Opinion: The issue with dirty water

A lot of us take clean water for granted because, at the turn of a knob, clean running water comes out of the faucet, ready to drink.

However, water isn’t readily available for most of the world, and the water that is available is rarely clean or safe to consume.

It’s easy to neglect issues when they’re in places overseas and don’t affect us directly. The issues seem so distant, but clean water is still hard to access in many cities in the U.S.

The most well known example of this is the current water crisis in Flint, Michigan. The crisis in Flint started when the city decided to change the water pipelines to reduce the cost of delivering water from Lake Huron to the homes of those living in Flint.

However, good intentions turned wrong when the pipelines were found to contain high levels of lead and fecal coliform bacteria. Citizens were initially told to boil water in order to kill any harmful bacteria.

However, it was later discovered that boiling the water led to increases in the lead content. Many water sources contained up to 397 parts per billion of lead (the Environmental Protection Agency suggests anything over 15 ppb could be considered toxic).

Soon after learning this, citizens were encouraged to stop using city tap water and resort to bottled water.

Flint has been without clean water and in a state of emergency for nearly three years.

Lead has damaging health effects on people, especially young children, babies and pregnant women.

In children, studies have found that increased levels of lead in the body can lead to damage of learning disabilities due to damage of the central nervous system. It also slows the growth rate of young children and is known to cause anemia in children.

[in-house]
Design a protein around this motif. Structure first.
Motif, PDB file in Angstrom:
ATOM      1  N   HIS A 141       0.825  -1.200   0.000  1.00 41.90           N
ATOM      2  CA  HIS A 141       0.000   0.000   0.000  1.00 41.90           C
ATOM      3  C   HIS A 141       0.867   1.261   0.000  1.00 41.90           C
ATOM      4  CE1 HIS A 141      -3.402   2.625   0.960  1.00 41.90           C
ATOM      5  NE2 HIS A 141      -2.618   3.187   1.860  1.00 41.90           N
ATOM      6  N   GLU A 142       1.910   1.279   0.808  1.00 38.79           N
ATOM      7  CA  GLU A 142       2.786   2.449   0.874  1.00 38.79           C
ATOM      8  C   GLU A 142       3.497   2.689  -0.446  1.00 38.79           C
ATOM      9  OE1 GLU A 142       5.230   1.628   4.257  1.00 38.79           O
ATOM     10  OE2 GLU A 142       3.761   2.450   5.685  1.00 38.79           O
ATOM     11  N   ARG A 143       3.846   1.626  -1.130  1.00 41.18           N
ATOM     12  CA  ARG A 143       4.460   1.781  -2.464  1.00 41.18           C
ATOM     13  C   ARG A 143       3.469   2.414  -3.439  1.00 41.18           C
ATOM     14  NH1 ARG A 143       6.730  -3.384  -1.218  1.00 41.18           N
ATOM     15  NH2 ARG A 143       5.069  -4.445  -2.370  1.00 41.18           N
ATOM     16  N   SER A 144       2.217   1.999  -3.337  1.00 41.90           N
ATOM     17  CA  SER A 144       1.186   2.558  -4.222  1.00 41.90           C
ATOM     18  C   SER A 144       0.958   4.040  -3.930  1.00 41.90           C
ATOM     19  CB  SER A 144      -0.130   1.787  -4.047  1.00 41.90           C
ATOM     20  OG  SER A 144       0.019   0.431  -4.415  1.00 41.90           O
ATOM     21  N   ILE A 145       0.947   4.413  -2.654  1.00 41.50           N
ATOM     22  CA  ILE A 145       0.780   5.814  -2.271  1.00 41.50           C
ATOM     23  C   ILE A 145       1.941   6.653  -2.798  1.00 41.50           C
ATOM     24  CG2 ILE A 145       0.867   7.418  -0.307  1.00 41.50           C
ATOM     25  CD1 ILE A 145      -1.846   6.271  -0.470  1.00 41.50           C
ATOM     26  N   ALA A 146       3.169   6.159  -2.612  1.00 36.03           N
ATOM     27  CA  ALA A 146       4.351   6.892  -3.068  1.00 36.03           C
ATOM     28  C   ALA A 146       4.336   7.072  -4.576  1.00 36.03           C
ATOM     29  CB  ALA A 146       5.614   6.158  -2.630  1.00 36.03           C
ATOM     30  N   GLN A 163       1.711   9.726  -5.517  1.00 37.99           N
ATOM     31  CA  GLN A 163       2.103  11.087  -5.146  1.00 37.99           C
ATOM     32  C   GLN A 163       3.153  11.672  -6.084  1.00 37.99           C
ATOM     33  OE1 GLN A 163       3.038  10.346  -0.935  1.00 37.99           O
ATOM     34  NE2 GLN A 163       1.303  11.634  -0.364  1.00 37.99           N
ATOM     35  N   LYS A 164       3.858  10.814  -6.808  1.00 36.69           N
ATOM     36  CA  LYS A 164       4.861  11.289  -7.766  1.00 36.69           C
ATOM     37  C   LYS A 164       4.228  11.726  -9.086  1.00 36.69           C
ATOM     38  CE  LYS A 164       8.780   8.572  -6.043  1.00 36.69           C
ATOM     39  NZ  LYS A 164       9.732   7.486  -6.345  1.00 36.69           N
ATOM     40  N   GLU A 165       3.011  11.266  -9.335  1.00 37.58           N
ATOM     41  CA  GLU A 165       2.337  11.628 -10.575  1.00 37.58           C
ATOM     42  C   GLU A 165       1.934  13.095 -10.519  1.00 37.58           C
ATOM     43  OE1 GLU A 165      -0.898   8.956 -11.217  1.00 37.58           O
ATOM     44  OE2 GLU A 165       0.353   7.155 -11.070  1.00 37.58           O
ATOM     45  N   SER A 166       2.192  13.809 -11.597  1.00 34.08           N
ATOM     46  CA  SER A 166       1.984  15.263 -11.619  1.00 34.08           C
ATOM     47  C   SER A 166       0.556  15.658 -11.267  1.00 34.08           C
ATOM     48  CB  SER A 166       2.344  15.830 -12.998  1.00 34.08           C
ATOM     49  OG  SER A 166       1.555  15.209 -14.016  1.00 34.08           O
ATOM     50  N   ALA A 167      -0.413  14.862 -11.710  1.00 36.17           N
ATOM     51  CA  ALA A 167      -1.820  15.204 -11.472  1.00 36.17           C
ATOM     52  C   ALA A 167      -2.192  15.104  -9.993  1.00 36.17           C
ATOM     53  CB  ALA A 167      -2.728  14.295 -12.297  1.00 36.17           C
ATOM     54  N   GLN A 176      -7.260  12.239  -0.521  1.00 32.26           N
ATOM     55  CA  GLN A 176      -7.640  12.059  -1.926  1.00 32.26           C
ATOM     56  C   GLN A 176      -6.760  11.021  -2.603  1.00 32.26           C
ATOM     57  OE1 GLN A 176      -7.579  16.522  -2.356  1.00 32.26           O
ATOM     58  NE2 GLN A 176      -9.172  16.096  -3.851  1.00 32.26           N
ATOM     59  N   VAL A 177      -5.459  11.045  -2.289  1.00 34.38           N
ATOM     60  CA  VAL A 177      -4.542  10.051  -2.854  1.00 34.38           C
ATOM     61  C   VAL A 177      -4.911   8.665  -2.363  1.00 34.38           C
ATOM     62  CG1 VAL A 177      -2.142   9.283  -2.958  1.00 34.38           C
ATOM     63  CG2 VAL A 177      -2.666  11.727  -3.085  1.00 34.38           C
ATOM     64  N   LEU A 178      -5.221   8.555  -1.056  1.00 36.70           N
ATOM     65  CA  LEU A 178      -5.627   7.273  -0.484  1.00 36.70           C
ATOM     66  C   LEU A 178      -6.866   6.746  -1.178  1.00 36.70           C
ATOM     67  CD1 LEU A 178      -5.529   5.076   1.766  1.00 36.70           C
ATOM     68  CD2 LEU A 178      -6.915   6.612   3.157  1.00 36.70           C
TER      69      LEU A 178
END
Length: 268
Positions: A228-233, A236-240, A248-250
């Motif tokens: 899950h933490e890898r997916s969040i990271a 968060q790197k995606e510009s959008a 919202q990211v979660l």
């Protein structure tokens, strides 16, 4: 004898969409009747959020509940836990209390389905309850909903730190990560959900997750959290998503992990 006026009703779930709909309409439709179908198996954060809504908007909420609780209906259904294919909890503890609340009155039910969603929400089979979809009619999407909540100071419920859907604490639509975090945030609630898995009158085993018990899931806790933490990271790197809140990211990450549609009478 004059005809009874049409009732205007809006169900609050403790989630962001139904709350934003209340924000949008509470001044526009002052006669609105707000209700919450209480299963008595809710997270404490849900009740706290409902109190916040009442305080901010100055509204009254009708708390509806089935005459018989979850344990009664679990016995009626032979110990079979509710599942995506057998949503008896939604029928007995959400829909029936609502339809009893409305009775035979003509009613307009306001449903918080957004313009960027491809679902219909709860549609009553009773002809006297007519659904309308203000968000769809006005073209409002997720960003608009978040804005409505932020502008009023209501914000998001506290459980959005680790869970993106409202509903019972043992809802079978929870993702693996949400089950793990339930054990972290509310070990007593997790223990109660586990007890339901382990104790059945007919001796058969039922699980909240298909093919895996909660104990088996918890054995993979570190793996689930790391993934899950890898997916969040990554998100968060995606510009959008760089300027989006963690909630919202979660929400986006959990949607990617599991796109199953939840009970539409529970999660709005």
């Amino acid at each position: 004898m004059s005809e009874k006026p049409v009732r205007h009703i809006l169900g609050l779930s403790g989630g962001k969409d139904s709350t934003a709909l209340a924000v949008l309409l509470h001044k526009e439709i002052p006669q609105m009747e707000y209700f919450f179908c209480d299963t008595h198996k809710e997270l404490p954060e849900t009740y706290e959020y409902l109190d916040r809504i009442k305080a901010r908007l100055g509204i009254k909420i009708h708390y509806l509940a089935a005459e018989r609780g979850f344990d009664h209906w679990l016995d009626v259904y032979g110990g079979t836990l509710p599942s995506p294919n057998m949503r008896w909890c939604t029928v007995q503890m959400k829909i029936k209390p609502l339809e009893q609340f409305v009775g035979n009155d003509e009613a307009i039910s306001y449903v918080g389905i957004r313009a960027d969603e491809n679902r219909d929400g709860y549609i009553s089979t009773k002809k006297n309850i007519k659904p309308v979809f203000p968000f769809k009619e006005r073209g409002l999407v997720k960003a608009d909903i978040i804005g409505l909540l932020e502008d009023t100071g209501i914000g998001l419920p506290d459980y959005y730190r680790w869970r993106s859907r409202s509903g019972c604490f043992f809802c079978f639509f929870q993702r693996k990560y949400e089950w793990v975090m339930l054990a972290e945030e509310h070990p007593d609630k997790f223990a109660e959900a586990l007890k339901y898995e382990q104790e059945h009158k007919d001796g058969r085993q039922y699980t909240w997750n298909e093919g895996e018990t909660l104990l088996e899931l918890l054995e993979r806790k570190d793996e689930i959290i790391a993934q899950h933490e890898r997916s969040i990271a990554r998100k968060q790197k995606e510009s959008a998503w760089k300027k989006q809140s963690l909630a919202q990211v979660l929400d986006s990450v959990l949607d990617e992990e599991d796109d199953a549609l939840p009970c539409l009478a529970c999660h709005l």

Because children are smaller in stature and are not fully developed, the effects of lead poisoning on their body is much more detrimental than those of adults. If a pregnant woman’s body contains increased levels of lead, it can lead to reduced growth rate of the fetus or premature birth.

In adults, increased levels of lead causes issues from increased blood pressure to decreased kidney function and infertility.

Water is the building block of life; without clean water, our health and well-being are at risk.

Had people been aware of this issue early on, the effects would have been much less severe, and it could have been prevented.

We must teach people the importance of clean water. Clean water shouldn’t be a luxury item; it is essential to life. We have to gather together and stand up for the people who are going without something so critically basic.

Harlee Rush is a guest columnist, contact them at [email protected].

Christian Ward is a guest columnist, contact him at [email protected].